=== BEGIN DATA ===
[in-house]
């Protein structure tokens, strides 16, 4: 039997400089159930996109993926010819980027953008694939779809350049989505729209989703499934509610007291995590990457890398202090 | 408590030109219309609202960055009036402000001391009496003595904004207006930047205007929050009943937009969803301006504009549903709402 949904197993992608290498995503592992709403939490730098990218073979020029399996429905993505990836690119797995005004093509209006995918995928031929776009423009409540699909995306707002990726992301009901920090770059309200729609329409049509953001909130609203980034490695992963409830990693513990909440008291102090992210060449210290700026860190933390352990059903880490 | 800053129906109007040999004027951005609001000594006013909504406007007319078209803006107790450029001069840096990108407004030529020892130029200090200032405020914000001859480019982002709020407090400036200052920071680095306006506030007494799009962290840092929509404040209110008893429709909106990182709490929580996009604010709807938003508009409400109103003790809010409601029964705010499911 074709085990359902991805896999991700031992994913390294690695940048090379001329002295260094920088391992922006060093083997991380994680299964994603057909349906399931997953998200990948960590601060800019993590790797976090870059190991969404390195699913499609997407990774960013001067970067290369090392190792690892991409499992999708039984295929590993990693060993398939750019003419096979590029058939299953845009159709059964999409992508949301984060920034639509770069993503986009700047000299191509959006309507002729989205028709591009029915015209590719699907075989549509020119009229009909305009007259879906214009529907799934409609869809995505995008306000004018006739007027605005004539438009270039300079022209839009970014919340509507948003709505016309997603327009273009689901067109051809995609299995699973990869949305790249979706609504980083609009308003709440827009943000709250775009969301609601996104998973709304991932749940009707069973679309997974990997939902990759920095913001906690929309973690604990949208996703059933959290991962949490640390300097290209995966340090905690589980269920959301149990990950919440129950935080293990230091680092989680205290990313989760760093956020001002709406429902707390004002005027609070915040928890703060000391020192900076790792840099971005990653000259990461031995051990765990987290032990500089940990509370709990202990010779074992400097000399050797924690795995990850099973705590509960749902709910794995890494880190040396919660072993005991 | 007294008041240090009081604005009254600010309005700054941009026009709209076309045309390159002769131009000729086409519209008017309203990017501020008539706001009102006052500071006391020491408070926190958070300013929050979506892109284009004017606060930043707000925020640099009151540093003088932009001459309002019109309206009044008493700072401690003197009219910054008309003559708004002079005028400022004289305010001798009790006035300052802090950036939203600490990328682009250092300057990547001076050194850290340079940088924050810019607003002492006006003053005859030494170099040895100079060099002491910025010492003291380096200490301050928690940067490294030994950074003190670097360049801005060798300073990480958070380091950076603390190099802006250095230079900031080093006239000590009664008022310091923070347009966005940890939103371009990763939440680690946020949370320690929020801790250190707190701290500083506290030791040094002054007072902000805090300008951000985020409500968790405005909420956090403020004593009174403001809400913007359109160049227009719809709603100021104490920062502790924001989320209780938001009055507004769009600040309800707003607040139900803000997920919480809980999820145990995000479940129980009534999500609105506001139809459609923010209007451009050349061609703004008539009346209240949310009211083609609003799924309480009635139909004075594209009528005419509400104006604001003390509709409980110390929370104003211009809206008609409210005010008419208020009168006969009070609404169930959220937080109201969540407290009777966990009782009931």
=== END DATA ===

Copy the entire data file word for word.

[in-house]
């Protein structure tokens, strides 16, 4: 039997400089159930996109993926010819980027953008694939779809350049989505729209989703499934509610007291995590990457890398202090 | 408590030109219309609202960055009036402000001391009496003595904004207006930047205007929050009943937009969803301006504009549903709402 949904197993992608290498995503592992709403939490730098990218073979020029399996429905993505990836690119797995005004093509209006995918995928031929776009423009409540699909995306707002990726992301009901920090770059309200729609329409049509953001909130609203980034490695992963409830990693513990909440008291102090992210060449210290700026860190933390352990059903880490 | 800053129906109007040999004027951005609001000594006013909504406007007319078209803006107790450029001069840096990108407004030529020892130029200090200032405020914000001859480019982002709020407090400036200052920071680095306006506030007494799009962290840092929509404040209110008893429709909106990182709490929580996009604010709807938003508009409400109103003790809010409601029964705010499911 074709085990359902991805896999991700031992994913390294690695940048090379001329002295260094920088391992922006060093083997991380994680299964994603057909349906399931997953998200990948960590601060800019993590790797976090870059190991969404390195699913499609997407990774960013001067970067290369090392190792690892991409499992999708039984295929590993990693060993398939750019003419096979590029058939299953845009159709059964999409992508949301984060920034639509770069993503986009700047000299191509959006309507002729989205028709591009029915015209590719699907075989549509020119009229009909305009007259879906214009529907799934409609869809995505995008306000004018006739007027605005004539438009270039300079022209839009970014919340509507948003709505016309997603327009273009689901067109051809995609299995699973990869949305790249979706609504980083609009308003709440827009943000709250775009969301609601996104998973709304991932749940009707069973679309997974990997939902990759920095913001906690929309973690604990949208996703059933959290991962949490640390300097290209995966340090905690589980269920959301149990990950919440129950935080293990230091680092989680205290990313989760760093956020001002709406429902707390004002005027609070915040928890703060000391020192900076790792840099971005990653000259990461031995051990765990987290032990500089940990509370709990202990010779074992400097000399050797924690795995990850099973705590509960749902709910794995890494880190040396919660072993005991 | 007294008041240090009081604005009254600010309005700054941009026009709209076309045309390159002769131009000729086409519209008017309203990017501020008539706001009102006052500071006391020491408070926190958070300013929050979506892109284009004017606060930043707000925020640099009151540093003088932009001459309002019109309206009044008493700072401690003197009219910054008309003559708004002079005028400022004289305010001798009790006035300052802090950036939203600490990328682009250092300057990547001076050194850290340079940088924050810019607003002492006006003053005859030494170099040895100079060099002491910025010492003291380096200490301050928690940067490294030994950074003190670097360049801005060798300073990480958070380091950076603390190099802006250095230079900031080093006239000590009664008022310091923070347009966005940890939103371009990763939440680690946020949370320690929020801790250190707190701290500083506290030791040094002054007072902000805090300008951000985020409500968790405005909420956090403020004593009174403001809400913007359109160049227009719809709603100021104490920062502790924001989320209780938001009055507004769009600040309800707003607040139900803000997920919480809980999820145990995000479940129980009534999500609105506001139809459609923010209007451009050349061609703004008539009346209240949310009211083609609003799924309480009635139909004075594209009528005419509400104006604001003390509709409980110390929370104003211009809206008609409210005010008419208020009168006969009070609404169930959220937080109201969540407290009777966990009782009931």